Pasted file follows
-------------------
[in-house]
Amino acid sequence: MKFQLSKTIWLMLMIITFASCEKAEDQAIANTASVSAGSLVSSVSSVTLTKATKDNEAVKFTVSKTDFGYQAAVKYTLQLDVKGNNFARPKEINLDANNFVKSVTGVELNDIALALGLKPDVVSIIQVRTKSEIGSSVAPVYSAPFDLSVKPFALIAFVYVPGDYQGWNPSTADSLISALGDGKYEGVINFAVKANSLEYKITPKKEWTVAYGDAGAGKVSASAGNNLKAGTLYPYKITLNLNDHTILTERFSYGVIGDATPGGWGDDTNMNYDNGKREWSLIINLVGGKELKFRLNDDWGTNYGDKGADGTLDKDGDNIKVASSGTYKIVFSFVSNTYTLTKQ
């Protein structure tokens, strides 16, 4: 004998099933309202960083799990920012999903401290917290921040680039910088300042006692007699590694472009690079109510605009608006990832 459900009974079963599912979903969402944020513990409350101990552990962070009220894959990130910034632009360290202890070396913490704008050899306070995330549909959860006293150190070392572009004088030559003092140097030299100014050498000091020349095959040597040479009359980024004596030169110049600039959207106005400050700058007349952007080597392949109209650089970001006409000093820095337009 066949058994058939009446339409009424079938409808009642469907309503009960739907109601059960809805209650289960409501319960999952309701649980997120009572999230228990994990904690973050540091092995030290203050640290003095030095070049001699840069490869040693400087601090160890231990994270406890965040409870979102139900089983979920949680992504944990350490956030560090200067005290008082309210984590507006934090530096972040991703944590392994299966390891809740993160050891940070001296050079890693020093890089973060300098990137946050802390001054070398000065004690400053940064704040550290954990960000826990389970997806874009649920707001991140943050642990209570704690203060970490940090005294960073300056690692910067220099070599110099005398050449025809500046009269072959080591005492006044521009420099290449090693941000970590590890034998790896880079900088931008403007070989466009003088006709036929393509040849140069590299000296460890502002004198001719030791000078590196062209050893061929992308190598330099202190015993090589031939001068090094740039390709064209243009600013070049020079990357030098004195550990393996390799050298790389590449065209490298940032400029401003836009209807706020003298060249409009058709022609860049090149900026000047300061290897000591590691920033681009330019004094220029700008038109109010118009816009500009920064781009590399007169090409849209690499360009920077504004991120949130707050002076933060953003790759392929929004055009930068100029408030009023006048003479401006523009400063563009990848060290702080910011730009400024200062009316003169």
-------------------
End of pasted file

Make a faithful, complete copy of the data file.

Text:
[in-house]
Amino acid sequence: MKFQLSKTIWLMLMIITFASCEKAEDQAIANTASVSAGSLVSSVSSVTLTKATKDNEAVKFTVSKTDFGYQAAVKYTLQLDVKGNNFARPKEINLDANNFVKSVTGVELNDIALALGLKPDVVSIIQVRTKSEIGSSVAPVYSAPFDLSVKPFALIAFVYVPGDYQGWNPSTADSLISALGDGKYEGVINFAVKANSLEYKITPKKEWTVAYGDAGAGKVSASAGNNLKAGTLYPYKITLNLNDHTILTERFSYGVIGDATPGGWGDDTNMNYDNGKREWSLIINLVGGKELKFRLNDDWGTNYGDKGADGTLDKDGDNIKVASSGTYKIVFSFVSNTYTLTKQ
């Protein structure tokens, strides 16, 4: 004998099933309202960083799990920012999903401290917290921040680039910088300042006692007699590694472009690079109510605009608006990832 459900009974079963599912979903969402944020513990409350101990552990962070009220894959990130910034632009360290202890070396913490704008050899306070995330549909959860006293150190070392572009004088030559003092140097030299100014050498000091020349095959040597040479009359980024004596030169110049600039959207106005400050700058007349952007080597392949109209650089970001006409000093820095337009 066949058994058939009446339409009424079938409808009642469907309503009960739907109601059960809805209650289960409501319960999952309701649980997120009572999230228990994990904690973050540091092995030290203050640290003095030095070049001699840069490869040693400087601090160890231990994270406890965040409870979102139900089983979920949680992504944990350490956030560090200067005290008082309210984590507006934090530096972040991703944590392994299966390891809740993160050891940070001296050079890693020093890089973060300098990137946050802390001054070398000065004690400053940064704040550290954990960000826990389970997806874009649920707001991140943050642990209570704690203060970490940090005294960073300056690692910067220099070599110099005398050449025809500046009269072959080591005492006044521009420099290449090693941000970590590890034998790896880079900088931008403007070989466009003088006709036929393509040849140069590299000296460890502002004198001719030791000078590196062209050893061929992308190598330099202190015993090589031939001068090094740039390709064209243009600013070049020079990357030098004195550990393996390799050298790389590449065209490298940032400029401003836009209807706020003298060249409009058709022609860049090149900026000047300061290897000591590691920033681009330019004094220029700008038109109010118009816009500009920064781009590399007169090409849209690499360009920077504004991120949130707050002076933060953003790759392929929004055009930068100029408030009023006048003479401006523009400063563009990848060290702080910011730009400024200062009316003169």